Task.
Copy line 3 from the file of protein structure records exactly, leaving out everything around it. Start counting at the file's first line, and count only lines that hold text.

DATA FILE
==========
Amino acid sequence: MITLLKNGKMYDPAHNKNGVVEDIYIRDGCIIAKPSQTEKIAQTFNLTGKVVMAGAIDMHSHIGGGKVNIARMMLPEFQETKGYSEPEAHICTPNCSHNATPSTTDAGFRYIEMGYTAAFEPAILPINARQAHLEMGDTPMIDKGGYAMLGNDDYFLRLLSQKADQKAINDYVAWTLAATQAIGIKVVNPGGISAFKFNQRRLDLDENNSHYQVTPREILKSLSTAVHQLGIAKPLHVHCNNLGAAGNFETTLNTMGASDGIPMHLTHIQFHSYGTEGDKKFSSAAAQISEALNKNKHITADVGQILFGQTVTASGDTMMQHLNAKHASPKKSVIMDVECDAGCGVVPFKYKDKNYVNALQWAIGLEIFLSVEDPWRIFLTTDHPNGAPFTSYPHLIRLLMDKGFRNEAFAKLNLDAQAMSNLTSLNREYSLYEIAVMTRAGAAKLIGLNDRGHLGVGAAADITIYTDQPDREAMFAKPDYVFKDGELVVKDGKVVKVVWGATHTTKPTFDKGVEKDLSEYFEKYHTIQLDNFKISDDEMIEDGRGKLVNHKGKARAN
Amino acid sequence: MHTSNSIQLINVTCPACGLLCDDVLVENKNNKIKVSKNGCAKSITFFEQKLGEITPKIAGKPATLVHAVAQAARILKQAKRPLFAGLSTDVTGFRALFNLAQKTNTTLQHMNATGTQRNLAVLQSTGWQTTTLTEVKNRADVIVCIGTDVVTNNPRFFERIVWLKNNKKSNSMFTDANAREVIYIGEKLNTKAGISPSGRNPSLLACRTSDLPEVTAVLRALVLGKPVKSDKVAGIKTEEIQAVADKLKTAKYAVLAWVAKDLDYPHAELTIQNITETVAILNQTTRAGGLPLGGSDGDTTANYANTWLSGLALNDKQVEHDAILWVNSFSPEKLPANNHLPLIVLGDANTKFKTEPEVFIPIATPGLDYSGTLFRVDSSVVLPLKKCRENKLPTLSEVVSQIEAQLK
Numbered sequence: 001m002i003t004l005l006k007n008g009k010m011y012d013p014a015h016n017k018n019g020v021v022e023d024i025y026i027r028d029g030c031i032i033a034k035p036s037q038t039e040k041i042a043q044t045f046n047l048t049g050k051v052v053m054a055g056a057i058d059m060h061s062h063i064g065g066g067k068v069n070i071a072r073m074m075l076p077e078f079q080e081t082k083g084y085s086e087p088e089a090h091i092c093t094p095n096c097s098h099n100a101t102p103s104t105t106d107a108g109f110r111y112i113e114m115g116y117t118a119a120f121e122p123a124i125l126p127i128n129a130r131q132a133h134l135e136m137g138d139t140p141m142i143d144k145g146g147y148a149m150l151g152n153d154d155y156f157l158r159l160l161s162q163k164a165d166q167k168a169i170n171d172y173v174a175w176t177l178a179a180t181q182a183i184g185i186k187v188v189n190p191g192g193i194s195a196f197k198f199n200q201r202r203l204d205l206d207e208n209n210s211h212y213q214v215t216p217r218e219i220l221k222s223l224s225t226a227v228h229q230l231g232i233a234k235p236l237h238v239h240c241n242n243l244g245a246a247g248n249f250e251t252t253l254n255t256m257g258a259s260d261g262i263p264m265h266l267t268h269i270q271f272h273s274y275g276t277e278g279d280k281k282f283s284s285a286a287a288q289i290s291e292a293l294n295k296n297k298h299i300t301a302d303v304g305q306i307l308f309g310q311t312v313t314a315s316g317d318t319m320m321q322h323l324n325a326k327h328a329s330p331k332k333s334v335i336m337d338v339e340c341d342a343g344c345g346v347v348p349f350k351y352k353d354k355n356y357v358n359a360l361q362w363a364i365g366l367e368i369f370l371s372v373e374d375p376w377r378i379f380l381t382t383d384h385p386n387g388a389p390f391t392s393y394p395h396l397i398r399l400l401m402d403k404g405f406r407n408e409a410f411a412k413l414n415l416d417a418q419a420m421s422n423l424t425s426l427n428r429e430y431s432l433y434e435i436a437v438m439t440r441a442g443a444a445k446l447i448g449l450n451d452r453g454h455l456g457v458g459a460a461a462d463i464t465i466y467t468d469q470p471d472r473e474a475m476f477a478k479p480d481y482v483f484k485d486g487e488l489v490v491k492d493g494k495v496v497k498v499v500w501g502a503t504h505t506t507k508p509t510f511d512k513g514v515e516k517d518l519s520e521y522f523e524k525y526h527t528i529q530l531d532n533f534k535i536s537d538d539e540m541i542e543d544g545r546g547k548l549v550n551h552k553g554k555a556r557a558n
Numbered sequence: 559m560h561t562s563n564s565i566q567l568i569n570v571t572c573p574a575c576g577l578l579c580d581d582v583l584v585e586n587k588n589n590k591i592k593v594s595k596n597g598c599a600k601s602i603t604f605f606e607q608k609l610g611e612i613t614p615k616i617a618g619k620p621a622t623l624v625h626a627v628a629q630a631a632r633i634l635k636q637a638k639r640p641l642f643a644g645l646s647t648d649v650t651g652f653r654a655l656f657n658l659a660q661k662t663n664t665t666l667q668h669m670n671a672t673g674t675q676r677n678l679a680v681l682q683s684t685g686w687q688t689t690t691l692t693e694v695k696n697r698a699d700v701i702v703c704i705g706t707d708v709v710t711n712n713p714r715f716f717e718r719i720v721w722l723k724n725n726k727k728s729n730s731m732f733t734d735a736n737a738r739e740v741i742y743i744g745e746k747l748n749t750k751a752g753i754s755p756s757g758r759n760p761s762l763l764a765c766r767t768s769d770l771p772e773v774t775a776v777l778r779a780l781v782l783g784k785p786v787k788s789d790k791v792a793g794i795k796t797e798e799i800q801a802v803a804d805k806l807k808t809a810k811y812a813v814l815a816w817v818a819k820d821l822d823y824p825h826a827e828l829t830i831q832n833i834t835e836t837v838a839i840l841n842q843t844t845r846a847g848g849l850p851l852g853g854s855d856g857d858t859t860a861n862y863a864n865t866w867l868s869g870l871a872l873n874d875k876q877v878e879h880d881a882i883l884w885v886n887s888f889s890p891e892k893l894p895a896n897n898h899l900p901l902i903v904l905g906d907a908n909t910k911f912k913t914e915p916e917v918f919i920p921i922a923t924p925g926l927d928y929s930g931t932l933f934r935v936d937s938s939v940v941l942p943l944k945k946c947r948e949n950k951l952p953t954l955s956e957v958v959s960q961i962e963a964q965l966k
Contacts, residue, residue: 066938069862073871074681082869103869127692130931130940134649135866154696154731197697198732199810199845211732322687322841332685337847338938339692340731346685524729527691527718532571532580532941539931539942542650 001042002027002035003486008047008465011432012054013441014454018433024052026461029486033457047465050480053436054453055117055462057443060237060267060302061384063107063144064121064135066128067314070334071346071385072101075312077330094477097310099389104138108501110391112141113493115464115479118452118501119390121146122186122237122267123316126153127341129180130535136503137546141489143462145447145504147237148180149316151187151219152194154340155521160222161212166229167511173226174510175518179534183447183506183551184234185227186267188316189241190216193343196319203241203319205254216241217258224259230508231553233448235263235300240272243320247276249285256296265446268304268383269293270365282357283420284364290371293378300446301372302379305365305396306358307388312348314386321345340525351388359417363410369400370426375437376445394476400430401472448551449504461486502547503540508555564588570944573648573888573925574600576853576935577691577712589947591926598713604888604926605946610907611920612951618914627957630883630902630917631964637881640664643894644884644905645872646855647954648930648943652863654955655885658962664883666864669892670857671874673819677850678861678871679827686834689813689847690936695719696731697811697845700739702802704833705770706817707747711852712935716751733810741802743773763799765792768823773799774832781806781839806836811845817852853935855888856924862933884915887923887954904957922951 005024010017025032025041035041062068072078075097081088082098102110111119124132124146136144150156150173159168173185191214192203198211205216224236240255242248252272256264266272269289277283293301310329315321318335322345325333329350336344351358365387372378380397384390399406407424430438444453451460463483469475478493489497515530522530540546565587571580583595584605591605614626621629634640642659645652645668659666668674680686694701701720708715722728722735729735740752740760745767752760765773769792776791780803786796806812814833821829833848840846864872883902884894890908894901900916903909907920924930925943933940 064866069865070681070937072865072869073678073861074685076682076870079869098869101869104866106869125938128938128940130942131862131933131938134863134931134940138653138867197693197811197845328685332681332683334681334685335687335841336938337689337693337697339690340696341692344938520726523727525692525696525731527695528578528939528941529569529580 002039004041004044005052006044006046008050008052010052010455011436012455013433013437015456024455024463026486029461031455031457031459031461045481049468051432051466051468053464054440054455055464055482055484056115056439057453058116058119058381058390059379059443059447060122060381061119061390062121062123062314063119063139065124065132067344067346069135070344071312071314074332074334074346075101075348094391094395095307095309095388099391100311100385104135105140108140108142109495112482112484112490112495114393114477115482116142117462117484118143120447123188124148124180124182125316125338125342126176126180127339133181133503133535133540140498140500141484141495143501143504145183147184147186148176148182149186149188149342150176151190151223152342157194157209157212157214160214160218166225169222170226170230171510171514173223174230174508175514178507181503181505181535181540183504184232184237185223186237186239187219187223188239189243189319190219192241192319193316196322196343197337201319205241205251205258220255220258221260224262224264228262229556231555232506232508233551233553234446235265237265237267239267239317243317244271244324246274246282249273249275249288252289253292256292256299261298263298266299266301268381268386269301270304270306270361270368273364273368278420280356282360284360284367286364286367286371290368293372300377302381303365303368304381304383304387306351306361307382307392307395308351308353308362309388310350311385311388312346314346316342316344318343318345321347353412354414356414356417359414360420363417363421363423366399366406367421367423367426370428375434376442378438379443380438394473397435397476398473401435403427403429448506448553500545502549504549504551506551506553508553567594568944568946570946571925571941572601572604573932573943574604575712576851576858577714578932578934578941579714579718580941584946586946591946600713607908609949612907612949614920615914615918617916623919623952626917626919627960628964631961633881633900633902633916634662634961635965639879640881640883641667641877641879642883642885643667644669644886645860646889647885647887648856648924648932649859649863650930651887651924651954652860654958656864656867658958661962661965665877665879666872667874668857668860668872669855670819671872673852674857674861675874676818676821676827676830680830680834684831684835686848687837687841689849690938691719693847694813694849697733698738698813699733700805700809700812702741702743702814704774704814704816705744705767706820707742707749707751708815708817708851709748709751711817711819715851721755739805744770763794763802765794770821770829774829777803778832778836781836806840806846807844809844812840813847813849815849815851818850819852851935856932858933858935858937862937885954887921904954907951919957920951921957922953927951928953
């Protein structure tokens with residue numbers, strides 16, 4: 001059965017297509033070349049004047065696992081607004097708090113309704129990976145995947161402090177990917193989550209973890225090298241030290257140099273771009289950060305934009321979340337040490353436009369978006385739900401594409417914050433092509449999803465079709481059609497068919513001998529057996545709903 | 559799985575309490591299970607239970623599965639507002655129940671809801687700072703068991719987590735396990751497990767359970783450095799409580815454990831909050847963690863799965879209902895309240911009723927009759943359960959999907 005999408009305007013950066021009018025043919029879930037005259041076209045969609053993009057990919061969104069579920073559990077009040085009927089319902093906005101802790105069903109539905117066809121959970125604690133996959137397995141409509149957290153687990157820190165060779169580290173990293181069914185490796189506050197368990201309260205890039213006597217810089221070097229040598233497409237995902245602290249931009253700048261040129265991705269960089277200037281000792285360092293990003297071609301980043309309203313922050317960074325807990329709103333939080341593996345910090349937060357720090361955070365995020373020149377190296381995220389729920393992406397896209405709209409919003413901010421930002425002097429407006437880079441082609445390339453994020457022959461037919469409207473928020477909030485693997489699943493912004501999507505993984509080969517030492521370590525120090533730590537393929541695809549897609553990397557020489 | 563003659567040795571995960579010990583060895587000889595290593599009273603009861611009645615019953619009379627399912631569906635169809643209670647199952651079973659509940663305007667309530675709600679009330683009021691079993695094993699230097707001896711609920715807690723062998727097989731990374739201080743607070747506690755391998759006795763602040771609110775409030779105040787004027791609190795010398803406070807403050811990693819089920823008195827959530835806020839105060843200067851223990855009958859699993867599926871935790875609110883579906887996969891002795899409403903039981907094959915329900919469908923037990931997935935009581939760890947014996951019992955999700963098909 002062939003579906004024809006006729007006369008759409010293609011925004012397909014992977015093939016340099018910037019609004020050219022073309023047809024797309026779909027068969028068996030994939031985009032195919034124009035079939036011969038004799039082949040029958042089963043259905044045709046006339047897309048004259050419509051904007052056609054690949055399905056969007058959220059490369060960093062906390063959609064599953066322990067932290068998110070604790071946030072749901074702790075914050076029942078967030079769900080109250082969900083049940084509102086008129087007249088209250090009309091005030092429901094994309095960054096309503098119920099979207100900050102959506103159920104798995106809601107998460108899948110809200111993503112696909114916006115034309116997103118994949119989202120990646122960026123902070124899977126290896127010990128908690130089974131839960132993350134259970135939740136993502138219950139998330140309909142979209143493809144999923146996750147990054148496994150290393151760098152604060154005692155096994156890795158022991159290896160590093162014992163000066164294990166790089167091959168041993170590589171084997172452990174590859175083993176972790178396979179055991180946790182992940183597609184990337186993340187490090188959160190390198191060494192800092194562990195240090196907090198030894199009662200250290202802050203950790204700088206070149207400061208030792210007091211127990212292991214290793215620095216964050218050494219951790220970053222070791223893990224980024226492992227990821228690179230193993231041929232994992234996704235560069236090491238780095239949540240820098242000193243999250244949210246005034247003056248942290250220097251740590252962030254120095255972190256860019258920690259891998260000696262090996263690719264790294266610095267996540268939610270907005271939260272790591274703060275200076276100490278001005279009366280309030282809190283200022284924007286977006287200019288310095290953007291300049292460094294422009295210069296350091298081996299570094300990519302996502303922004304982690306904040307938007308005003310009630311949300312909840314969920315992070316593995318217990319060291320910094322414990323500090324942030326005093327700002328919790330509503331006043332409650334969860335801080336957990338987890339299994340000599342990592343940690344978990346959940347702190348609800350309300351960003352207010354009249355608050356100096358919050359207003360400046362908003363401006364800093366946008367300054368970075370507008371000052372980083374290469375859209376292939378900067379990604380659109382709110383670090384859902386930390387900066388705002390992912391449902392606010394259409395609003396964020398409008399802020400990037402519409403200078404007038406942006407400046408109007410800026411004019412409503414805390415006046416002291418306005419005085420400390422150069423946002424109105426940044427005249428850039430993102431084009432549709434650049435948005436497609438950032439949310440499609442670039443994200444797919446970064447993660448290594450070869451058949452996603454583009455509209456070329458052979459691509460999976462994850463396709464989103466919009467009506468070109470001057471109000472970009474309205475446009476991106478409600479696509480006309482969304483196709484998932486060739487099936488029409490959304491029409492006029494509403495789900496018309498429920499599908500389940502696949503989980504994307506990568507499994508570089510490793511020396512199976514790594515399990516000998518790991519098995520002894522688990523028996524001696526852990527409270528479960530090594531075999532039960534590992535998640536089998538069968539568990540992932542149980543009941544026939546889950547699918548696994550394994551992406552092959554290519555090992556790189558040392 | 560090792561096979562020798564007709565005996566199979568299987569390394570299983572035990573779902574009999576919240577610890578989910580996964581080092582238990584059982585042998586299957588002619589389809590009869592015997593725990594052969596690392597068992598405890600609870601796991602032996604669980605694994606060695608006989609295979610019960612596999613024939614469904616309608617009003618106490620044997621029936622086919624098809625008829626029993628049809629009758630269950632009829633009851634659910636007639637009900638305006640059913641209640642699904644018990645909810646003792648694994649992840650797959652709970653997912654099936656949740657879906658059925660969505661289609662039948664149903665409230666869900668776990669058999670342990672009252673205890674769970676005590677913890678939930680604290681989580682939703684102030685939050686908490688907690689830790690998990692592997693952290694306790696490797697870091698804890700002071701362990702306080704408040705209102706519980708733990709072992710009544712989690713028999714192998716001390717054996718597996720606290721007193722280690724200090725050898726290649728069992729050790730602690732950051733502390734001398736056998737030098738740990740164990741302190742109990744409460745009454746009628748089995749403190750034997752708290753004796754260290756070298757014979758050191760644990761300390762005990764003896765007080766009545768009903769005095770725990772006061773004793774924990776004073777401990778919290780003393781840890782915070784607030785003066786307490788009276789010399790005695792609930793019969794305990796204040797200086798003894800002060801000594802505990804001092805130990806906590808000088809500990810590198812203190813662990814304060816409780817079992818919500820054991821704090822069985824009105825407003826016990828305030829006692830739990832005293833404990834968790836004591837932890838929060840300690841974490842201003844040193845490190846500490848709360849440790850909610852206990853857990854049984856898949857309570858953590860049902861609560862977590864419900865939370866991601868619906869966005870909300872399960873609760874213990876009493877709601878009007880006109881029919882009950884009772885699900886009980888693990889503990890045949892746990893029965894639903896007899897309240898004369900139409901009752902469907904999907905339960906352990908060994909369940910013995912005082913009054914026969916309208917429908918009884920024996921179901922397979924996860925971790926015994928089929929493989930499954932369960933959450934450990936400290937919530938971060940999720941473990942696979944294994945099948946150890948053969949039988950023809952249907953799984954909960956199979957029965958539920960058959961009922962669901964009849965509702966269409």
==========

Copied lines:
Numbered sequence: 001m002i003t004l005l006k007n008g009k010m011y012d013p014a015h016n017k018n019g020v021v022e023d024i025y026i027r028d029g030c031i032i033a034k035p036s037q038t039e040k041i042a043q044t045f046n047l048t049g050k051v052v053m054a055g056a057i058d059m060h061s062h063i064g065g066g067k068v069n070i071a072r073m074m075l076p077e078f079q080e081t082k083g084y085s086e087p088e089a090h091i092c093t094p095n096c097s098h099n100a101t102p103s104t105t106d107a108g109f110r111y112i113e114m115g116y117t118a119a120f121e122p123a124i125l126p127i128n129a130r131q132a133h134l135e136m137g138d139t140p141m142i143d144k145g146g147y148a149m150l151g152n153d154d155y156f157l158r159l160l161s162q163k164a165d166q167k168a169i170n171d172y173v174a175w176t177l178a179a180t181q182a183i184g185i186k187v188v189n190p191g192g193i194s195a196f197k198f199n200q201r202r203l204d205l206d207e208n209n210s211h212y213q214v215t216p217r218e219i220l221k222s223l224s225t226a227v228h229q230l231g232i233a234k235p236l237h238v239h240c241n242n243l244g245a246a247g248n249f250e251t252t253l254n255t256m257g258a259s260d261g262i263p264m265h266l267t268h269i270q271f272h273s274y275g276t277e278g279d280k281k282f283s284s285a286a287a288q289i290s291e292a293l294n295k296n297k298h299i300t301a302d303v304g305q306i307l308f309g310q311t312v313t314a315s316g317d318t319m320m321q322h323l324n325a326k327h328a329s330p331k332k333s334v335i336m337d338v339e340c341d342a343g344c345g346v347v348p349f350k351y352k353d354k355n356y357v358n359a360l361q362w363a364i365g366l367e368i369f370l371s372v373e374d375p376w377r378i379f380l381t382t383d384h385p386n387g388a389p390f391t392s393y394p395h396l397i398r399l400l401m402d403k404g405f406r407n408e409a410f411a412k413l414n415l416d417a418q419a420m421s422n423l424t425s426l427n428r429e430y431s432l433y434e435i436a437v438m439t440r441a442g443a444a445k446l447i448g449l450n451d452r453g454h455l456g457v458g459a460a461a462d463i464t465i466y467t468d469q470p471d472r473e474a475m476f477a478k479p480d481y482v483f484k485d486g487e488l489v490v491k492d493g494k495v496v497k498v499v500w501g502a503t504h505t506t507k508p509t510f511d512k513g514v515e516k517d518l519s520e521y522f523e524k525y526h527t528i529q530l531d532n533f534k535i536s537d538d539e540m541i542e543d544g545r546g547k548l549v550n551h552k553g554k555a556r557a558n